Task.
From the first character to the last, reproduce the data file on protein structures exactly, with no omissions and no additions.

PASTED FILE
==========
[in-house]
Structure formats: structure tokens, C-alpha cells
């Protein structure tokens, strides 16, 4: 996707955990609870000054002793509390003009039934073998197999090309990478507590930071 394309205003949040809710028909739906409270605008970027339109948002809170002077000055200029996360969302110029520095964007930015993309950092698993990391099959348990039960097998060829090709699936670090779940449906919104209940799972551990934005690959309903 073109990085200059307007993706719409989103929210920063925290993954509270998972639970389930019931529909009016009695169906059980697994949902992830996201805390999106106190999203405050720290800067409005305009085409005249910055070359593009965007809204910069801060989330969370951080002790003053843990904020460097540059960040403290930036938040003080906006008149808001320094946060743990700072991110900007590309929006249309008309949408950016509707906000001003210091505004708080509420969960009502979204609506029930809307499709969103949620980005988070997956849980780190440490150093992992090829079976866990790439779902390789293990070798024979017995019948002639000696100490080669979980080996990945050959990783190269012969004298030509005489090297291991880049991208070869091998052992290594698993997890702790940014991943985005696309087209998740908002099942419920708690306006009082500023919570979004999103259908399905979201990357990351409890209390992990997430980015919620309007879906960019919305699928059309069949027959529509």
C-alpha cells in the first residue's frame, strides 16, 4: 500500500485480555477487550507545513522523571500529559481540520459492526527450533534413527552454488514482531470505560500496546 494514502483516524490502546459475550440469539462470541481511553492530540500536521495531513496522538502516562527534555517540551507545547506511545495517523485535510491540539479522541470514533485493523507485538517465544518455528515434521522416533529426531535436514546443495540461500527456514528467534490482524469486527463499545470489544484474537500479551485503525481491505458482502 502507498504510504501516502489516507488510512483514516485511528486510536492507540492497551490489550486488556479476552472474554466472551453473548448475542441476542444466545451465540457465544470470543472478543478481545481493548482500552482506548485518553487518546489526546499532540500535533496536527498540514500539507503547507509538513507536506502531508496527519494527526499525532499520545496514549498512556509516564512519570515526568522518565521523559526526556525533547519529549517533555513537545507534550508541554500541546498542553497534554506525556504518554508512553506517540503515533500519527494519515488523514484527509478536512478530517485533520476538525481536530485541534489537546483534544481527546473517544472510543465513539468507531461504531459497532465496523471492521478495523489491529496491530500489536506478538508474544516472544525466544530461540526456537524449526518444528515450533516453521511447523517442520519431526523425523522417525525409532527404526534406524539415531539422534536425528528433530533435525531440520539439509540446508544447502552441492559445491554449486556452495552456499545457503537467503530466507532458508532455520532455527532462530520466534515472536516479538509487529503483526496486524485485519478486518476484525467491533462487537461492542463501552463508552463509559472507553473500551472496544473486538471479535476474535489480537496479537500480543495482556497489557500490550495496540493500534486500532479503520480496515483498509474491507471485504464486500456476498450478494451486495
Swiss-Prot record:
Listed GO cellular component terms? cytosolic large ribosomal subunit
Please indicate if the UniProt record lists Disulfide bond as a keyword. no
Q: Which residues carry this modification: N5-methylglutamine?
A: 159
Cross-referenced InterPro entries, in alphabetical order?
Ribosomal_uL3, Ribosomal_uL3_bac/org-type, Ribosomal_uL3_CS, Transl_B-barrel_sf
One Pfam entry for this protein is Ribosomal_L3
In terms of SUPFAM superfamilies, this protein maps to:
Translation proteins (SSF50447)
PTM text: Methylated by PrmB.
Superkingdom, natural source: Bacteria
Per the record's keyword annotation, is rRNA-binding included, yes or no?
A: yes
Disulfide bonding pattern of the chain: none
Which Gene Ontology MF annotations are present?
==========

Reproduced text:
[in-house]
Structure formats: structure tokens, C-alpha cells
């Protein structure tokens, strides 16, 4: 996707955990609870000054002793509390003009039934073998197999090309990478507590930071 394309205003949040809710028909739906409270605008970027339109948002809170002077000055200029996360969302110029520095964007930015993309950092698993990391099959348990039960097998060829090709699936670090779940449906919104209940799972551990934005690959309903 073109990085200059307007993706719409989103929210920063925290993954509270998972639970389930019931529909009016009695169906059980697994949902992830996201805390999106106190999203405050720290800067409005305009085409005249910055070359593009965007809204910069801060989330969370951080002790003053843990904020460097540059960040403290930036938040003080906006008149808001320094946060743990700072991110900007590309929006249309008309949408950016509707906000001003210091505004708080509420969960009502979204609506029930809307499709969103949620980005988070997956849980780190440490150093992992090829079976866990790439779902390789293990070798024979017995019948002639000696100490080669979980080996990945050959990783190269012969004298030509005489090297291991880049991208070869091998052992290594698993997890702790940014991943985005696309087209998740908002099942419920708690306006009082500023919570979004999103259908399905979201990357990351409890209390992990997430980015919620309007879906960019919305699928059309069949027959529509």
C-alpha cells in the first residue's frame, strides 16, 4: 500500500485480555477487550507545513522523571500529559481540520459492526527450533534413527552454488514482531470505560500496546 494514502483516524490502546459475550440469539462470541481511553492530540500536521495531513496522538502516562527534555517540551507545547506511545495517523485535510491540539479522541470514533485493523507485538517465544518455528515434521522416533529426531535436514546443495540461500527456514528467534490482524469486527463499545470489544484474537500479551485503525481491505458482502 502507498504510504501516502489516507488510512483514516485511528486510536492507540492497551490489550486488556479476552472474554466472551453473548448475542441476542444466545451465540457465544470470543472478543478481545481493548482500552482506548485518553487518546489526546499532540500535533496536527498540514500539507503547507509538513507536506502531508496527519494527526499525532499520545496514549498512556509516564512519570515526568522518565521523559526526556525533547519529549517533555513537545507534550508541554500541546498542553497534554506525556504518554508512553506517540503515533500519527494519515488523514484527509478536512478530517485533520476538525481536530485541534489537546483534544481527546473517544472510543465513539468507531461504531459497532465496523471492521478495523489491529496491530500489536506478538508474544516472544525466544530461540526456537524449526518444528515450533516453521511447523517442520519431526523425523522417525525409532527404526534406524539415531539422534536425528528433530533435525531440520539439509540446508544447502552441492559445491554449486556452495552456499545457503537467503530466507532458508532455520532455527532462530520466534515472536516479538509487529503483526496486524485485519478486518476484525467491533462487537461492542463501552463508552463509559472507553473500551472496544473486538471479535476474535489480537496479537500480543495482556497489557500490550495496540493500534486500532479503520480496515483498509474491507471485504464486500456476498450478494451486495
Swiss-Prot record:
Listed GO cellular component terms? cytosolic large ribosomal subunit
Please indicate if the UniProt record lists Disulfide bond as a keyword. no
Q: Which residues carry this modification: N5-methylglutamine?
A: 159
Cross-referenced InterPro entries, in alphabetical order?
Ribosomal_uL3, Ribosomal_uL3_bac/org-type, Ribosomal_uL3_CS, Transl_B-barrel_sf
One Pfam entry for this protein is Ribosomal_L3
In terms of SUPFAM superfamilies, this protein maps to:
Translation proteins (SSF50447)
PTM text: Methylated by PrmB.
Superkingdom, natural source: Bacteria
Per the record's keyword annotation, is rRNA-binding included, yes or no?
A: yes
Disulfide bonding pattern of the chain: none
Which Gene Ontology MF annotations are present?